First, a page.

I started this column several years ago to offer a break to the partisan rhetoric that often finds its way to opinion and editorial pages. I wanted to write about things that were amusing, that I enjoy, or that show kindness and the good in this world — and the occasional column about language because I’m a word nerd.
I haven’t been writing as much lately. That’s partly because there are only so many hours in a day and, when I’ve got a full plate, something’s got to give. While my musings may be amusing, they aren’t news.
And then there’s the fact that, many times, I feel like I’m drowning in a sea of bad news.
Like Monday morning. Or this past weekend. Or last week. Or the week before.
Over the weekend, this place I’ve called my home for more than 15 years was plastered over the Internet, connected to a white supremacist group that chose our community to meet and hold a summit of sorts.
It sickened me that my town was connected with such a group.
Monday morning, as I was scrolling through my Facebook news feed, I was hit with the news of the Las Vegas shooting.
Details are still coming out from the Sunday night tragedy on the Vegas strip, but a gunman opened fire on attendees at a country music festival. As I write this, 50 people have been confirmed dead and more than 200 people injured.
Last week, just outside Nashville, a man opened fire on people as they worshiped, killing one and wounding seven.
Unlike the devastating hurricanes that continue to impact our fellow Americans in Texas, Florida and Puerto Rico and the fires in the west, these tragedies — and so many more that happen throughout our country on a daily basis — are caused by someone.
I can’t wrap my head around why people would want to murder perfect strangers. I can’t understand what would compel someone to rob families of their loved ones or to cut the lives of others short.
I suppose it’s good that I don’t understand such senseless violence. I don’t want to be able to “empathize” with someone who would do such things.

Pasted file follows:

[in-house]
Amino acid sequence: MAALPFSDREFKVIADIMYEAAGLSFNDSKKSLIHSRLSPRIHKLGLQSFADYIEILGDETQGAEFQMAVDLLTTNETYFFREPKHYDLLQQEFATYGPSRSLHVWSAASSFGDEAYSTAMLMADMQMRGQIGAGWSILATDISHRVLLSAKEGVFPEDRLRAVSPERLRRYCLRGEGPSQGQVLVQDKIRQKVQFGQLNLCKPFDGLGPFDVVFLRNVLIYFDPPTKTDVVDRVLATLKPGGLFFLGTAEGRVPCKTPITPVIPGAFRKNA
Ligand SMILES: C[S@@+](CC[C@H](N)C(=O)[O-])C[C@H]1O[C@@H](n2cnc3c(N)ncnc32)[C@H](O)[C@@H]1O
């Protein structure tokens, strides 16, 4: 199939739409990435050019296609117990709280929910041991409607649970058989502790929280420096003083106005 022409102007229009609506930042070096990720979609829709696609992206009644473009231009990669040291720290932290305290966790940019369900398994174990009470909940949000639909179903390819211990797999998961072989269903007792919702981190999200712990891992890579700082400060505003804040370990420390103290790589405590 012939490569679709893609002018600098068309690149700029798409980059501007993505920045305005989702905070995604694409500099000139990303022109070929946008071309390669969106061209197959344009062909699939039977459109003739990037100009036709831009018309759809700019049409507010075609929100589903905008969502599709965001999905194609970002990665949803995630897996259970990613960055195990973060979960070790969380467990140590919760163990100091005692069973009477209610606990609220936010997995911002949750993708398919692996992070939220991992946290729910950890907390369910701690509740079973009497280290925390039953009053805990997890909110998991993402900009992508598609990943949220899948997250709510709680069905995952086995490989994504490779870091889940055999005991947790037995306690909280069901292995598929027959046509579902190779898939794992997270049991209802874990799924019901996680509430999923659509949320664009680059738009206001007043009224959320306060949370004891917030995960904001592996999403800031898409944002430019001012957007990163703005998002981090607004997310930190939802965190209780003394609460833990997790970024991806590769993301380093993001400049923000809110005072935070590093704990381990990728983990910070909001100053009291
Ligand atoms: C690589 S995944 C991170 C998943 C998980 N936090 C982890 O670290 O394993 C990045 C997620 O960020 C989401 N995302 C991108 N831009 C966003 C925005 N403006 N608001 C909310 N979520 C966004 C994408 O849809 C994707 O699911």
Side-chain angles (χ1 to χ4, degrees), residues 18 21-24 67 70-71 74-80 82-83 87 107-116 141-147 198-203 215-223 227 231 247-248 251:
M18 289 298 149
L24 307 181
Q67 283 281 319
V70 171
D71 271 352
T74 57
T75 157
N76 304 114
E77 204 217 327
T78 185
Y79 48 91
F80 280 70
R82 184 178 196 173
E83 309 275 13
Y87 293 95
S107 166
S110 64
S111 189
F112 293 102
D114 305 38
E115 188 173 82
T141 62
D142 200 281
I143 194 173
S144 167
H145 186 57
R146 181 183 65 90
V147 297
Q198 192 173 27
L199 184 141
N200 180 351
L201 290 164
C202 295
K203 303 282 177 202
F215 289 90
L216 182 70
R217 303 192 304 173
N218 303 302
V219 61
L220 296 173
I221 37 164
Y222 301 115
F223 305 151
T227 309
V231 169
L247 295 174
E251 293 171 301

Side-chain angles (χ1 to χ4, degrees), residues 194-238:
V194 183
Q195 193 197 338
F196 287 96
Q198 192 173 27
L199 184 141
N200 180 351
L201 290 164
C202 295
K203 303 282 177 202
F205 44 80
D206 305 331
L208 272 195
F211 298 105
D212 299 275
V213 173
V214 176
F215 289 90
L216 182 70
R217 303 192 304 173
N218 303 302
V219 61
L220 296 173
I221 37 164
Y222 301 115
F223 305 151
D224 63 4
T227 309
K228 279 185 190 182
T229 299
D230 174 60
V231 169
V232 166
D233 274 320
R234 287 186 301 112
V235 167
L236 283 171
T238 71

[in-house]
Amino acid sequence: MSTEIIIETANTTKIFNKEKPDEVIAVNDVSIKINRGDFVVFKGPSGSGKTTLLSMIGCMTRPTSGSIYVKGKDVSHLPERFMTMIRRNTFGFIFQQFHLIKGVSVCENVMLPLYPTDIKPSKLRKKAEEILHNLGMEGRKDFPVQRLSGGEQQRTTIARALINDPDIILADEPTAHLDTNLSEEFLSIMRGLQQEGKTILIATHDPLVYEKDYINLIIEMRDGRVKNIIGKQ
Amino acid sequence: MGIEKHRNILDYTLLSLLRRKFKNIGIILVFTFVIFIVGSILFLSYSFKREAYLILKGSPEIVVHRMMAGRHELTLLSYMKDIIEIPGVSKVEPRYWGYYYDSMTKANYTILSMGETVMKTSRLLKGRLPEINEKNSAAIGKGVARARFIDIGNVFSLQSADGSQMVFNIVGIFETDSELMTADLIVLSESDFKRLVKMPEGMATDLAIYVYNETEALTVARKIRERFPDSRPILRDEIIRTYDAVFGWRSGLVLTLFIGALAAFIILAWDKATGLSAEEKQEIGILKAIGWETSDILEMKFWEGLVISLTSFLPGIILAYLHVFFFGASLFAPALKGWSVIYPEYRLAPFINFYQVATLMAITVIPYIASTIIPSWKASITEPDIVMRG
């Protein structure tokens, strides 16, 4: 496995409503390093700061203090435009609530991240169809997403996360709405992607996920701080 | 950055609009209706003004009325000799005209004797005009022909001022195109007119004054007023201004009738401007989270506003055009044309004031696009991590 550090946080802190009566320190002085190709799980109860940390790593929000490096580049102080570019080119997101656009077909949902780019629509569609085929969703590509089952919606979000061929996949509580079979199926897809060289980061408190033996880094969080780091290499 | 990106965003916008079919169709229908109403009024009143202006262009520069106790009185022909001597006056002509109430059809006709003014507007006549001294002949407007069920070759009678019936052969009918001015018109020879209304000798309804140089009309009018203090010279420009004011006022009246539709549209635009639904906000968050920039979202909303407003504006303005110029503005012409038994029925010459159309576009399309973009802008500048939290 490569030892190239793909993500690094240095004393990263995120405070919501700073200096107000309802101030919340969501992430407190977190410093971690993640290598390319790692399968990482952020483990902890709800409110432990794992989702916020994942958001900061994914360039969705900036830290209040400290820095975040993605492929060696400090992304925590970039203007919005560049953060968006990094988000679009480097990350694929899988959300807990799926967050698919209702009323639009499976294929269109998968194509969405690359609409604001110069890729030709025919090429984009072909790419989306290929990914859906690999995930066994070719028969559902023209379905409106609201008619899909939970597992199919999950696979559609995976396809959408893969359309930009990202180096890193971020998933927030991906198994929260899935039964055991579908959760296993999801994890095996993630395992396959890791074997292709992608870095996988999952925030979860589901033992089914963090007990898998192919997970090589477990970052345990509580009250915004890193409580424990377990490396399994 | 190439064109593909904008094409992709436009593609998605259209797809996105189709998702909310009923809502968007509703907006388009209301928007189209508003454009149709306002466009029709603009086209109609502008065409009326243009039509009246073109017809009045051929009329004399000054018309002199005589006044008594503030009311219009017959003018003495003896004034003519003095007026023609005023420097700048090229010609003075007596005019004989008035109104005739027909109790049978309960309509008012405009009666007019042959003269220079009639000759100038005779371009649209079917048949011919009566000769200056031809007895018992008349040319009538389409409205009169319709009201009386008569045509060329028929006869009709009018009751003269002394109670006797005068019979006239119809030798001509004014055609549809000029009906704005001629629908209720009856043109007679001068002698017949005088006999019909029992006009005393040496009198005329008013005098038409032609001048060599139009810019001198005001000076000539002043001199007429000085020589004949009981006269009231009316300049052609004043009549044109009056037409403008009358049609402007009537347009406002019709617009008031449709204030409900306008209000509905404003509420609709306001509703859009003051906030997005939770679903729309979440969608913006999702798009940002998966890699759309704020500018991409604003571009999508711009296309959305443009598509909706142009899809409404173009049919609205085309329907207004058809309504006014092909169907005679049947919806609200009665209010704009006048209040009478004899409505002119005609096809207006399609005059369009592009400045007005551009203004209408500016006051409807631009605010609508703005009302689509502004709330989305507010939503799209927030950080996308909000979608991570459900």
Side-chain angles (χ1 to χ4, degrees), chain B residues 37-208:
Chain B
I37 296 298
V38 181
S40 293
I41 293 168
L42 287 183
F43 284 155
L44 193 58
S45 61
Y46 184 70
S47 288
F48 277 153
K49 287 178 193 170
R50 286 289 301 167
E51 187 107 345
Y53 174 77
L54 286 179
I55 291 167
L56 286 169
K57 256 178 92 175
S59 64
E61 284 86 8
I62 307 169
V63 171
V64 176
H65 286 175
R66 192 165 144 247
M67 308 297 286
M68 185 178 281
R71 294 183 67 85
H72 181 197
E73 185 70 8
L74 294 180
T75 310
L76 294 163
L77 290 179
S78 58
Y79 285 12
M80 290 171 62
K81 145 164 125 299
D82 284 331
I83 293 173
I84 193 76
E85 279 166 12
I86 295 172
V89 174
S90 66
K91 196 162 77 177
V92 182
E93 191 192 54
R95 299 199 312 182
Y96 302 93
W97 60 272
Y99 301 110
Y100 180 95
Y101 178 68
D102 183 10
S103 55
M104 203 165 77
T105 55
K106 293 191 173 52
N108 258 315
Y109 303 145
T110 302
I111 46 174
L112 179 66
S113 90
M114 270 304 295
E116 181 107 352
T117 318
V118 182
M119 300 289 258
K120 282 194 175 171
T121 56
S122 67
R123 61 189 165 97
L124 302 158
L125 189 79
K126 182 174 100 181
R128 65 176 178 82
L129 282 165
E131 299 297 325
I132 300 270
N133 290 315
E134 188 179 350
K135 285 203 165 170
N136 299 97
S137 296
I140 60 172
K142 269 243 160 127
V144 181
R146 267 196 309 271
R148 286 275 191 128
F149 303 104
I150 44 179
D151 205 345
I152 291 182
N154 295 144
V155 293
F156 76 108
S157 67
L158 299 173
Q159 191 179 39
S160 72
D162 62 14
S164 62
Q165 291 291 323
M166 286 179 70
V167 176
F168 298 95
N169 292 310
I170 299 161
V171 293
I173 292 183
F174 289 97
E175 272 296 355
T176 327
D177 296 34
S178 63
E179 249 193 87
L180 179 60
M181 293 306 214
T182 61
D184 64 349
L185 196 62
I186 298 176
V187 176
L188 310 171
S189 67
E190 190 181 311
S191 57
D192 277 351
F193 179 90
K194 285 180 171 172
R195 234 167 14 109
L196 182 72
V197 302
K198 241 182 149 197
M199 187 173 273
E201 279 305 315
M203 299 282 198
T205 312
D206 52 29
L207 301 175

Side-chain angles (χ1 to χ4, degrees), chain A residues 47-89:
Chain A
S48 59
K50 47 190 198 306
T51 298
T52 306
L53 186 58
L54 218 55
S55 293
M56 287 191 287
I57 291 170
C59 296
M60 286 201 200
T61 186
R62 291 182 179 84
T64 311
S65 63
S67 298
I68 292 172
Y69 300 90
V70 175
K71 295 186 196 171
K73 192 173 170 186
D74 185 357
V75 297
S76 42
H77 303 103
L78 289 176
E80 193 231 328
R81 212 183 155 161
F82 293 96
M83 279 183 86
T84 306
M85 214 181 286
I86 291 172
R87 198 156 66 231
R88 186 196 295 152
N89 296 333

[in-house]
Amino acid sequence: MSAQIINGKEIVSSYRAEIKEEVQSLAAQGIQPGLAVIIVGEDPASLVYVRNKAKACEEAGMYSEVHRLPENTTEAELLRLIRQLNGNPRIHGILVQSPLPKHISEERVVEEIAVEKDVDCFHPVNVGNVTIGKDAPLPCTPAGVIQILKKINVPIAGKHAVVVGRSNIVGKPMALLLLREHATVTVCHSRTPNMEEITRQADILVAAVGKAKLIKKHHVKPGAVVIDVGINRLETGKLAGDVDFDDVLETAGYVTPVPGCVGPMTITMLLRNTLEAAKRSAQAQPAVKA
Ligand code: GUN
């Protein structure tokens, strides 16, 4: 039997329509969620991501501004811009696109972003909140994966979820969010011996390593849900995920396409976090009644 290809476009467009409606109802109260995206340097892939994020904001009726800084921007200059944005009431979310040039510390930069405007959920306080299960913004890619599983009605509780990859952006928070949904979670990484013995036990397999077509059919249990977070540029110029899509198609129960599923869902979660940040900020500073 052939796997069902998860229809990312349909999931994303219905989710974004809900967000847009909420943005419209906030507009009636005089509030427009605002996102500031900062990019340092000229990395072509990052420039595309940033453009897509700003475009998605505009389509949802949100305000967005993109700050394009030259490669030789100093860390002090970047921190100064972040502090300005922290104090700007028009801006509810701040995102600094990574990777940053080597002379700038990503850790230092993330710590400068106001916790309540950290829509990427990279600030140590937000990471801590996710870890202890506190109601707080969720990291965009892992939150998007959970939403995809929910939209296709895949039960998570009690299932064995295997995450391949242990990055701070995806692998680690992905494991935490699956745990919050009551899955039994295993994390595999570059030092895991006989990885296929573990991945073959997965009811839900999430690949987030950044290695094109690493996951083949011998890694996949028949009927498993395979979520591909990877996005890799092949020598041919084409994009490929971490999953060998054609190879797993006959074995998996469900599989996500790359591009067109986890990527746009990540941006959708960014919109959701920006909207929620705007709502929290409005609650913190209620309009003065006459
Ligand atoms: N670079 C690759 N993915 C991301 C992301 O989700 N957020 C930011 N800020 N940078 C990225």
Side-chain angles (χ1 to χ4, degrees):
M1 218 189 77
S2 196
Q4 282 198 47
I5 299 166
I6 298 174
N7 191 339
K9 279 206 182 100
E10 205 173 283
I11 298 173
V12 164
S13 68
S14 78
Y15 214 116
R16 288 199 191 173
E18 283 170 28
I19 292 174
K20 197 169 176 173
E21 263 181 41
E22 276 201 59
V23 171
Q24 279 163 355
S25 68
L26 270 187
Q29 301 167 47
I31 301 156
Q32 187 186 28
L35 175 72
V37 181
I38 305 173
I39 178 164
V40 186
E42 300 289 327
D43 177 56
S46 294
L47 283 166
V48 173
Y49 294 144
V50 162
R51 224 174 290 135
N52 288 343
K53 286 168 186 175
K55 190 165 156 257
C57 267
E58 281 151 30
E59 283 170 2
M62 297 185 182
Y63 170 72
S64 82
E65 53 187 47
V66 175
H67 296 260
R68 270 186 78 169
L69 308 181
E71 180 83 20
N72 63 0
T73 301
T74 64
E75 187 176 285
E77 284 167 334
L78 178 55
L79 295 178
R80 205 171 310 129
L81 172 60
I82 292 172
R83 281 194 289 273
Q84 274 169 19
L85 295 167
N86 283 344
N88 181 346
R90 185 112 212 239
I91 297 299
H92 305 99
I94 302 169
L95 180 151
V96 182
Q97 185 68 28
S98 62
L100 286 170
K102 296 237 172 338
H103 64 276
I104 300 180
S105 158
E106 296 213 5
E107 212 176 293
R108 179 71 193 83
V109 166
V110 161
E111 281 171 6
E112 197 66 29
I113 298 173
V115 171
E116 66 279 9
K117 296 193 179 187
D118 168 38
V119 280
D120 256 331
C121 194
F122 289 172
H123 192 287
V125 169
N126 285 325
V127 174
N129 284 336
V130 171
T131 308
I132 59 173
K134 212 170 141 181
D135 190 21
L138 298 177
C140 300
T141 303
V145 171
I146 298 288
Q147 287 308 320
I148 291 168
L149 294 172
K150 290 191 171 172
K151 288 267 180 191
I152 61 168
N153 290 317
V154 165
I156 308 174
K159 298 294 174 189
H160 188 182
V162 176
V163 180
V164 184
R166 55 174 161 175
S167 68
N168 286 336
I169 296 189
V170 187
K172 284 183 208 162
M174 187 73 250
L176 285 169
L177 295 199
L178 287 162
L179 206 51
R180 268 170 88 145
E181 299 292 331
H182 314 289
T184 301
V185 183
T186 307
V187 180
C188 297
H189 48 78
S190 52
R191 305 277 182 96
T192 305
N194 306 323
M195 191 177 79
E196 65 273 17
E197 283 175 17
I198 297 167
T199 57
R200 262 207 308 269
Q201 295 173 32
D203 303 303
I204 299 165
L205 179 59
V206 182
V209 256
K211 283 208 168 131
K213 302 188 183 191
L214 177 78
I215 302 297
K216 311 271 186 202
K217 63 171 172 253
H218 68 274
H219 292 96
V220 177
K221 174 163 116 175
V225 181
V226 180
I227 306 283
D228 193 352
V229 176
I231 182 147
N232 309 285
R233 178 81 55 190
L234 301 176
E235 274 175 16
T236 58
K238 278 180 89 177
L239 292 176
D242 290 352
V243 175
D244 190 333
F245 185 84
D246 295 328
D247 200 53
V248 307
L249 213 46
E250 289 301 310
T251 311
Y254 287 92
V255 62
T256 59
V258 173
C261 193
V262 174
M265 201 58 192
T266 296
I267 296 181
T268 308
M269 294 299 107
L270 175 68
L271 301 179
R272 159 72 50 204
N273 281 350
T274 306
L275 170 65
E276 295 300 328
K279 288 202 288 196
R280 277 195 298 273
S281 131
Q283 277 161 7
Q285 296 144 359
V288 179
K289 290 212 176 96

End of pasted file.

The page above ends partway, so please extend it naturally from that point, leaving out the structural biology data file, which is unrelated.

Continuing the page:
In Nashville, investigators say revenge was the motive and the shooter was looking to avenge those killed by Dylan Roof in the June 2015 Charleston, SC, church shooting.
I say that’s an excuse, and a poor one at that.
The very victims of that horrific day put their faith in action and forgave Roof.
Nadine Collier stood before the man who shot her mother and eight other congregants during a Bible study and said, “I forgive you.”
Her forgiveness wasn’t easy. One can imagine the strength of character and faith required to forgive someone who takes away something so precious as your mother.
A year later, she told the Washington Post, “Forgiveness is power. It means you can fight everything and anything head on.”
I don’t know if I could do it. And I know she didn’t do it all on her own. She had to be leaning on a higher power.
In the wake of tragedy, we human beings often rise to the occasion and not only send our thoughts and prayers to those affected, but put our hands to work to help others.
I wish those moments of solidarity could last longer. I wish we could stop the bickering back and forth, the division and the hate and come together as one big family — all of us.
That doesn’t mean we all agree. That doesn’t mean all the problems we have will suddenly disappear. But perhaps it will help us all treat others with kindness, with dignity, with love.
Martin Luther King Jr. said, “Darkness cannot drive out darkness: only light can do that. Hate cannot drive out hate: only love can do that.”
Be the light and be the love, and let’s drive the hate out of our communities.